August 23, 2005

Slight spoilers for The 40 Year old Virgin below.

Sunday I saw The 40 Year Old Virgin. It was good overall, there were some spectacular moments, but on reflection, I find some of the nicer turns weren't in the jokes, but in the relationship arcs. For example, not having "my kids love you" be a reason for romance. The affair was kept between the grown ups - which was refreshing, usually you get the 'capture the attention of the lady - win the kids - really win the lady' storyline. It also portrayed a woman with an unconventional personal history without judgement or making her overly sympathetic by using abuse, or her sacrificing herself in nobless oblige as an explanation.

By far, the most amazing character was Catherine Keener's, simply because she was both a good mother, a woman with adult relationship desires, dead sexy, a successful* business woman -- and none were justified or at the expense of the other. She simply was. I'd say far and away the most feminist character I've seen on screen since Isabella Rosselini in Roger Dodger. That said, it was funny as well, but probably not as funny as you're imagining it will be. There were several chances the film's writers, Apatow and Carell, could have taken the easy or most worn path and no one would have blamed them (or likely noticed). Carell's character does make a cursory effort to become acquainted with the kids, but it's always clear he's Mommy's pal, not there to audition for the role of "new daddy."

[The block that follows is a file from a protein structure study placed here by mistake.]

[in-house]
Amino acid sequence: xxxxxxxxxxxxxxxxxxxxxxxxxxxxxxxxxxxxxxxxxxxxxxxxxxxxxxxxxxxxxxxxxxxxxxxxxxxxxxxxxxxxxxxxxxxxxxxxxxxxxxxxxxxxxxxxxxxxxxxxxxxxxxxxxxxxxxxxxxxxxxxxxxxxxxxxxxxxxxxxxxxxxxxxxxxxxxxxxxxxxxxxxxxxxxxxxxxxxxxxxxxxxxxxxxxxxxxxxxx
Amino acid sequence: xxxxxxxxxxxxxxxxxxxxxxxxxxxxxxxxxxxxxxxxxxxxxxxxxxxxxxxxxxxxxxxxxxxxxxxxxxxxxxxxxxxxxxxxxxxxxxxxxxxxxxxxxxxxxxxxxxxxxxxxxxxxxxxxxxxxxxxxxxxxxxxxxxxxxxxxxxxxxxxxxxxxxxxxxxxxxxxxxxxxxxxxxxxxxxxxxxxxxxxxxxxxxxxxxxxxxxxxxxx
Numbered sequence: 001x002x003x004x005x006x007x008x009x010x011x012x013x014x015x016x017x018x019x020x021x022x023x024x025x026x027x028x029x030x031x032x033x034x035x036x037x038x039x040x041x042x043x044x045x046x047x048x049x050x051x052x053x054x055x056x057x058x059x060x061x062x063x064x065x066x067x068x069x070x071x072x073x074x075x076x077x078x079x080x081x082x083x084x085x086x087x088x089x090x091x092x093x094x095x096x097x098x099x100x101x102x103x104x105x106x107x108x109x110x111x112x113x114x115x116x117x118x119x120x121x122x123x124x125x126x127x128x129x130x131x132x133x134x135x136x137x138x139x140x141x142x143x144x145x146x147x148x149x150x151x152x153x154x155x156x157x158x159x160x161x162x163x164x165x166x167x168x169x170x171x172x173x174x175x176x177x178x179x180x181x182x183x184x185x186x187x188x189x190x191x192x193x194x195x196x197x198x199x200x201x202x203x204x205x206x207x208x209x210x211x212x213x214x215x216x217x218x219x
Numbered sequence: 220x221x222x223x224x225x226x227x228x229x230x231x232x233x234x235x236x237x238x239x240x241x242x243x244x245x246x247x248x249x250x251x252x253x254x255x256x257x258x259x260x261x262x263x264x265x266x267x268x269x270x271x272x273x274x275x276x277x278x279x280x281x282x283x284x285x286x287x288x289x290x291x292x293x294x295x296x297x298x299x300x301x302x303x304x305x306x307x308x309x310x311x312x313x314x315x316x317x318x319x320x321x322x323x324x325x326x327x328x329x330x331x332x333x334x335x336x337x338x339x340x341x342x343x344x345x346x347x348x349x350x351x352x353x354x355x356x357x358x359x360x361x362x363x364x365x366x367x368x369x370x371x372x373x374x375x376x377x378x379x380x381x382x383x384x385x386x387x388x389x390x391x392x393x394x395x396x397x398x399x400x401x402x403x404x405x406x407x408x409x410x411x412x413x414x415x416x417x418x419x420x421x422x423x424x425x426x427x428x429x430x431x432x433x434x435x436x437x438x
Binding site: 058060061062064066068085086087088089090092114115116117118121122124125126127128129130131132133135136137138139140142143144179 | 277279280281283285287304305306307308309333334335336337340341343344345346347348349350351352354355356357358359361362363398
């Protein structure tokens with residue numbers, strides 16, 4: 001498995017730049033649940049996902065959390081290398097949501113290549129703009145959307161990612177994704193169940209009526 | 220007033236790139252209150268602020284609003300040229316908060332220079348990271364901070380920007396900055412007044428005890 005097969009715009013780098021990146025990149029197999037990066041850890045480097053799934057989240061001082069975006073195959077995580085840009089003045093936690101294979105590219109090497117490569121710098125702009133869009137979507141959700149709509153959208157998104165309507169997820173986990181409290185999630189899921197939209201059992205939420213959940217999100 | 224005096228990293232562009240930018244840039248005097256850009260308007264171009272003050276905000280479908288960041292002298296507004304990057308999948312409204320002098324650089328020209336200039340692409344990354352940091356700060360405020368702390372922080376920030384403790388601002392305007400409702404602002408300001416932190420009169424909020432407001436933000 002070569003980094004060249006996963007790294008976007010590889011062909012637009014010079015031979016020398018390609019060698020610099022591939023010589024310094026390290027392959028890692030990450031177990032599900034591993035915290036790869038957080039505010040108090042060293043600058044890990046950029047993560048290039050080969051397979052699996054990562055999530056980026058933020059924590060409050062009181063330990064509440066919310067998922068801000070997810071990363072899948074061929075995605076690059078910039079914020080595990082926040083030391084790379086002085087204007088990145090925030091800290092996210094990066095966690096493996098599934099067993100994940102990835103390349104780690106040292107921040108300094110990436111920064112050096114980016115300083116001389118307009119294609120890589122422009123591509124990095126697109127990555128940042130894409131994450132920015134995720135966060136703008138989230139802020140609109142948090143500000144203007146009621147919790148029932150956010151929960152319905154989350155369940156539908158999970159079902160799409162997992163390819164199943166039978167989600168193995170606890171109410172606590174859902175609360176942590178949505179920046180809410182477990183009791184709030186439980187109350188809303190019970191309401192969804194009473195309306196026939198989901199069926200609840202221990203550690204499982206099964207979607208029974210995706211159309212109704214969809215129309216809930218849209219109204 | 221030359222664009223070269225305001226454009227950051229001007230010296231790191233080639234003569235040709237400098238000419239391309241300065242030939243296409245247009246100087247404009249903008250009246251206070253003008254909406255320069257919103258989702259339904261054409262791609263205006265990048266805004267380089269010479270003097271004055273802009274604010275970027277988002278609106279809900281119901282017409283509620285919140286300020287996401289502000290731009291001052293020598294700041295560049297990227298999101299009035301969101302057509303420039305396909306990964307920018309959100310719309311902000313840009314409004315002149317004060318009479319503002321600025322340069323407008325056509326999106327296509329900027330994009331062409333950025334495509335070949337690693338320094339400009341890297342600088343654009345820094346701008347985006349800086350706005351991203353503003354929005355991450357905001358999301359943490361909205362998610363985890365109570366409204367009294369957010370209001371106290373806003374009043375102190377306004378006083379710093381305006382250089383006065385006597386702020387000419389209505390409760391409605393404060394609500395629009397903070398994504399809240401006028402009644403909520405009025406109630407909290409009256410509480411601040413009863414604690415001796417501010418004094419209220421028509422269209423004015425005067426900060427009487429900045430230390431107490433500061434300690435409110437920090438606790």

Yes, most of the humor was juvenile, but there's an element of juvenalia inherent to a man who remains a virgin at age 40 and has a hobby of collecting toys. And it's fairly predictible that for him to claim his "manhood" he must first put away childish things.

That said, it was funny as well, but probably not as funny as you're imagining it will be. Paul Rudd and Carell make the most of an occasionally thin script with pitch perfect comic timing. Newcomers Romany Malco and Seth Rogen balance out the cast by being simultaneously the personifications of stereotypes and humanized comedic antiheroes.

While I spent more time laughing than not, it wasn't until I got home and really started putting my brain to it the relationships leapt out at me, which means you can go see the film with every intention of laughing and forgetting your woes and be totally successful. However, since most reviews highlight the joke quality and performances of Carell and Keener, it felt like something had to be said about the foundation of sheer humanity and sensitivity the "wacky" house is built on. As evidenced in "Anchorman" and Virgin, Apatow does what few film makers are willing to do the work of - create breathing, fully formed humans and put them in high comedy situations, packing in the laughs without insulting the characters or the audience.

*successful defined as sustaining a decent middle to upper middle class lifestyle, with no visible financial travails, not over the top Wall Street sucess, but a more plausible success.

Erik added:

Ebert didn't press the feminist angle, but was good on the humanity and sensitivity. I want to see this movie.

Seth Rogen is a relative newcomer, but was very funny in Freaks and Geeks, a TV show on which Apatow was a writer, director, and executive producer. Highly recommended.

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